A friend of 87-year-old Star Trek co-star Nichelle Nichols, who alleges the actress’ son has nixed regular visits with “Lt. Uhura,” is asking a judge to enforce a previous court order and allow the meetings to resume.
Angelique Fawcette says she agreed in December 2018 to drop her challenge to Kyle Johnson being made his mother’s permanent conservator in exchange for two monthly meetings with Nichols.
Nichols is now battling dementia, but she played Lt. Uhura, a translator and communications officer, aboard the USS Enterprise in the “Star Trek” series that ran on NBC from 1966-69. She also appeared in some of the later “Star Trek” movies.
Fawcette says she met Nichols in 2012. For years, the two went to lunch together and visited each other on Christmas, according to Fawcette’s court papers.
But Fawcette maintains in her court papers that Johnson, 68, has not permitted any visits with Nichols, who suffers from dementia, since last May 15.
“(Johnson) is in contempt of this court’s order,” Fawcette’s court papers allege.
Late last May, Nichols’ former manager, Gilbert Bell, released a recording he made of an argument between Nichols and Johnson in which the actress can be heard saying, “You’re trying to get rid of me,” according to Fawcette’s court papers.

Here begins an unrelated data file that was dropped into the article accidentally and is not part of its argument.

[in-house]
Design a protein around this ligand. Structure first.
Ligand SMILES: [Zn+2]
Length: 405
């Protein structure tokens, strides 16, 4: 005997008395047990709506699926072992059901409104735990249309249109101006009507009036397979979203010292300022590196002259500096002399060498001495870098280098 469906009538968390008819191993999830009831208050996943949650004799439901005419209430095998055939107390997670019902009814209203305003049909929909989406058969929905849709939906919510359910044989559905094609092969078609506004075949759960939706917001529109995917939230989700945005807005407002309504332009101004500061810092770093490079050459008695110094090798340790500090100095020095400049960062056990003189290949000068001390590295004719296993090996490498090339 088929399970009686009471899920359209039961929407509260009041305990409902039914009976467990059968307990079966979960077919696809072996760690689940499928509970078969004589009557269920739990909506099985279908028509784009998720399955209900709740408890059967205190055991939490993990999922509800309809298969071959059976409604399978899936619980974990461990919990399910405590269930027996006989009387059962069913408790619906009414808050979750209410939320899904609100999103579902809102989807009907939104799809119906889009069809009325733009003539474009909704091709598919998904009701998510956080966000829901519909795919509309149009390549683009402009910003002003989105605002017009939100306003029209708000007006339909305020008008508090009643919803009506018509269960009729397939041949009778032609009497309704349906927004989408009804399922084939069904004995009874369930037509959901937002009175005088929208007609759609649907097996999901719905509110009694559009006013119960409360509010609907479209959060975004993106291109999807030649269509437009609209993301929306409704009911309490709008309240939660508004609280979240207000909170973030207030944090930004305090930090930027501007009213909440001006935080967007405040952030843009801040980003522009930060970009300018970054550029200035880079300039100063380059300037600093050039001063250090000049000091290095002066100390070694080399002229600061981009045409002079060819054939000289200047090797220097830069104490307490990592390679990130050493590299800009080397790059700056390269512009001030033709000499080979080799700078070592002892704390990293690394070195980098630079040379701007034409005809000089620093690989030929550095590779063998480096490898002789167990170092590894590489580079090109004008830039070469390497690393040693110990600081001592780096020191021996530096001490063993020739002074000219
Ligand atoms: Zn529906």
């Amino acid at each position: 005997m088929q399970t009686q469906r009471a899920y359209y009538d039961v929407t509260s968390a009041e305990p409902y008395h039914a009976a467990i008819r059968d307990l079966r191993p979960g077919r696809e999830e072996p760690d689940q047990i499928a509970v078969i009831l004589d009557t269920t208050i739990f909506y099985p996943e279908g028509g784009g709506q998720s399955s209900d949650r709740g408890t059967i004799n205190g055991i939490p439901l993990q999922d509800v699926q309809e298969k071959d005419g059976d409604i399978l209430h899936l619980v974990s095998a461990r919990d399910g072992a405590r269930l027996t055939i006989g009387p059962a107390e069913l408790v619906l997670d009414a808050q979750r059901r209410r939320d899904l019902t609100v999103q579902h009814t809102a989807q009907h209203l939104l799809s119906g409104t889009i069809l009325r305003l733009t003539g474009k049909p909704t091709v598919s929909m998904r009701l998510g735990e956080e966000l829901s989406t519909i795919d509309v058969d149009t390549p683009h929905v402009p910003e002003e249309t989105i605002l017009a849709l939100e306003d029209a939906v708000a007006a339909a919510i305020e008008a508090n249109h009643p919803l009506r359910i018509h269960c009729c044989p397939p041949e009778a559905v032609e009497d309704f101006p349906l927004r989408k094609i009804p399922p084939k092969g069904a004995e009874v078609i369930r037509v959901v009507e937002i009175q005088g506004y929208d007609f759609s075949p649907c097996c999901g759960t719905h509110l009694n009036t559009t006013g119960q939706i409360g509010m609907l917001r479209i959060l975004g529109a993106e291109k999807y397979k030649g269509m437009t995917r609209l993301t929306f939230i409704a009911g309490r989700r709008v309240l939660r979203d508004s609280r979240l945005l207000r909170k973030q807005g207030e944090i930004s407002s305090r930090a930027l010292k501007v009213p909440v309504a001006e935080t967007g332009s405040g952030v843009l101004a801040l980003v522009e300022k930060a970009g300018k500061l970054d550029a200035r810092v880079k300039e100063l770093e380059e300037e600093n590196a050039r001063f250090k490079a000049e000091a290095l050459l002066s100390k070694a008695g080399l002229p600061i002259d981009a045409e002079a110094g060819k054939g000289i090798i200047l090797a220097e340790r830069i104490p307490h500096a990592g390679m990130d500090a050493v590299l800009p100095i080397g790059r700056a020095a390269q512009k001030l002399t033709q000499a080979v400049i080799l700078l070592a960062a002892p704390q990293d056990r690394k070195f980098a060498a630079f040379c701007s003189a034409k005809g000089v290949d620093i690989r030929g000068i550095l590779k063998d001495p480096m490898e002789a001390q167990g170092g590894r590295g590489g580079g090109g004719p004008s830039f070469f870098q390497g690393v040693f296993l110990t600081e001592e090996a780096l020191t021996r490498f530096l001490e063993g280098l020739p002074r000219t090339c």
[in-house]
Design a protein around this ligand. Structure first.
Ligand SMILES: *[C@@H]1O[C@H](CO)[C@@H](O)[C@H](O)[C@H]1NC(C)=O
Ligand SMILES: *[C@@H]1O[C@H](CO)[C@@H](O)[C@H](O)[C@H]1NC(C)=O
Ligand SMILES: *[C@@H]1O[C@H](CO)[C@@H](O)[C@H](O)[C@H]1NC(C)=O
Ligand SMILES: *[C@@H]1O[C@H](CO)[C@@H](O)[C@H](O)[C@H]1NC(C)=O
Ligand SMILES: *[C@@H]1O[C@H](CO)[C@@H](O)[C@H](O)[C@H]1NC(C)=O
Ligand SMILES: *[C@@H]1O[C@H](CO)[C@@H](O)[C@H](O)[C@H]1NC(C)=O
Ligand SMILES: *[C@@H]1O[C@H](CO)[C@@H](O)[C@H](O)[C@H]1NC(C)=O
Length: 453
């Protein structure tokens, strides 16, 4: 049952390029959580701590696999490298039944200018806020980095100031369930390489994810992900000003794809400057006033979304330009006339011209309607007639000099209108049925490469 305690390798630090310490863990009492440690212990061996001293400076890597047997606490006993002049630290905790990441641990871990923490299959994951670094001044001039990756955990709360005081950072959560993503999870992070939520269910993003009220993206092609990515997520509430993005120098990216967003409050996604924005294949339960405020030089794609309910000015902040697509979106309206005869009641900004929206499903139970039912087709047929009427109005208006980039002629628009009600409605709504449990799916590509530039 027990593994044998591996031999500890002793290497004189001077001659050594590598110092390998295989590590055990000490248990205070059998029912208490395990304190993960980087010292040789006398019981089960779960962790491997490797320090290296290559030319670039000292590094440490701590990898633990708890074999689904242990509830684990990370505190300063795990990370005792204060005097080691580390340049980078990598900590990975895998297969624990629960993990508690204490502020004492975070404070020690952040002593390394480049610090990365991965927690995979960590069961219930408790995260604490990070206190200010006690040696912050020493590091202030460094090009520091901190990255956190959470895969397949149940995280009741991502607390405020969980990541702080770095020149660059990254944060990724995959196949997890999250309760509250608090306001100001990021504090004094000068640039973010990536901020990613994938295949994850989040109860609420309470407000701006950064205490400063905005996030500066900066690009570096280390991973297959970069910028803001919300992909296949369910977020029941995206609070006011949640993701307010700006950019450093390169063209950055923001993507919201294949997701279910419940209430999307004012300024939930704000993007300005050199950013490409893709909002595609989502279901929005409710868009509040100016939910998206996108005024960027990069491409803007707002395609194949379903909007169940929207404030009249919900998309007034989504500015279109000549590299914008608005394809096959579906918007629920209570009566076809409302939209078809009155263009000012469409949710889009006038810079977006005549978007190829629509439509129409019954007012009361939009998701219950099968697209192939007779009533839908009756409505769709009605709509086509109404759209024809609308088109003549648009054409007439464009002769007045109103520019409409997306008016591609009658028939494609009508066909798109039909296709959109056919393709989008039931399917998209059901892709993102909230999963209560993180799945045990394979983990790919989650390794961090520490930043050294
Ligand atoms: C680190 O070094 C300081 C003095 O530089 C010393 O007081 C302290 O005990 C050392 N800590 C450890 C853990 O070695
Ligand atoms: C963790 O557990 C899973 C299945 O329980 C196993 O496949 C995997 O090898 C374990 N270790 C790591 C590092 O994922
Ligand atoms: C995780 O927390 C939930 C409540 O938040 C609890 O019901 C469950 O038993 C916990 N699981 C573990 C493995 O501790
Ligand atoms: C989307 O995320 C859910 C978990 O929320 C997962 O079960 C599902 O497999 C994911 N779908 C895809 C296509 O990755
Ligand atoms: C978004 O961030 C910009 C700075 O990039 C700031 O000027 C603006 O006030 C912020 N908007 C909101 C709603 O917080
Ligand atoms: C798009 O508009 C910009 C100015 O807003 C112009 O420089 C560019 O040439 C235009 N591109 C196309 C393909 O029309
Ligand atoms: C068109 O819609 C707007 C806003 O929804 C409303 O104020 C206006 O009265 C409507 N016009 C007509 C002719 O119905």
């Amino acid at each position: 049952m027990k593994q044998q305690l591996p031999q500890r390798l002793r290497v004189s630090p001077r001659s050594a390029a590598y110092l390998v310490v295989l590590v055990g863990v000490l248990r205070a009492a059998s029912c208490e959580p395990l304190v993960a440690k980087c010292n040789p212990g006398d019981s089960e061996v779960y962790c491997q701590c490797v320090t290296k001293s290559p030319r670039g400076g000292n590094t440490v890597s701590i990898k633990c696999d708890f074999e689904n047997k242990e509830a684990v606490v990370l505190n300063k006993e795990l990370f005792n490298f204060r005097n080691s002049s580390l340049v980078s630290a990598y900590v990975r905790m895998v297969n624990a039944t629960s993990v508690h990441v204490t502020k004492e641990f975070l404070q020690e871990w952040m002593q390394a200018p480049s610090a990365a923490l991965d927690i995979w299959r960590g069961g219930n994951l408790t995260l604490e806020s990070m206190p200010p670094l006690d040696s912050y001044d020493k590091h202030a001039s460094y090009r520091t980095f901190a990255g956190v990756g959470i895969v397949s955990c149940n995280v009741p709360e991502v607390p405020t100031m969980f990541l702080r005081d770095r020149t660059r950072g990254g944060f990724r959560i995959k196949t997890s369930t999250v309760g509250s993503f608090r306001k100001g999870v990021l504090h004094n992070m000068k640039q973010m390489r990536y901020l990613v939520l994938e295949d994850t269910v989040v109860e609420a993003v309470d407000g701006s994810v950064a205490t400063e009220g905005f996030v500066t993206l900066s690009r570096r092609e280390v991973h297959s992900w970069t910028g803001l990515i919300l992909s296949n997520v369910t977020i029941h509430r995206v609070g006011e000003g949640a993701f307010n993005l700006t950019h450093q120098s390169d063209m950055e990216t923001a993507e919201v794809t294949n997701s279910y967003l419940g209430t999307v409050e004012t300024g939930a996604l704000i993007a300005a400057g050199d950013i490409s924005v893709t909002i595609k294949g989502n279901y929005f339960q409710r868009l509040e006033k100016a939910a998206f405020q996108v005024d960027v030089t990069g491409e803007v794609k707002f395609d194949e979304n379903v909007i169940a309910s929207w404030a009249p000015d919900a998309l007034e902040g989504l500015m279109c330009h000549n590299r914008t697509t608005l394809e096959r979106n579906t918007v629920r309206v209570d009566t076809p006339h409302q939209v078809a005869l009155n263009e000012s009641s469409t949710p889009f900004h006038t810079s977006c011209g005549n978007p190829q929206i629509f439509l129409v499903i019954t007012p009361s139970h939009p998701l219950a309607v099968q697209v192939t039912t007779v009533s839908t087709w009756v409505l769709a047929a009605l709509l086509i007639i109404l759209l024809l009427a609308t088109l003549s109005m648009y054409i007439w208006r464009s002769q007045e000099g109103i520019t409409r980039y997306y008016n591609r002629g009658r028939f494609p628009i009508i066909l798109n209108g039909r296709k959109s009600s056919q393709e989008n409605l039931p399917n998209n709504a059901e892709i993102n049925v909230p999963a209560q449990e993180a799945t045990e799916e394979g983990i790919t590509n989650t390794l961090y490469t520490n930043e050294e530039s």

Fawcette maintains that she tried several times to visit with Nichols to check on her well-being in the wake of the video’s release, but was denied by Johnson each time, including her requests to see the actress around Thanksgiving and Christmas.
When Fawcette asked for a visit in February, Johnson told her he was not granting her request because of the Bell video, according to her court papers. Fawcette maintains she had nothing to do with the recording of the video or its release.
Fawcette further states in her court papers that prior to the conservatorship, Johnson placed Nichols in a rest home, but that the actress “escaped” and asked Fawcette to record a video. In the video, Nichols said she enjoys continuing to act, to attend conventions and to meet with her fans and sign autographs.
Nichols also is heard rejecting Johnson’s suggestions she retire, saying she is “full of energy, loves what she does, makes more money than her son and that when he pays her bills and for the luxuries she enjoys, only then will he be able to tell her what to do,” according to Fawcette’s court papers.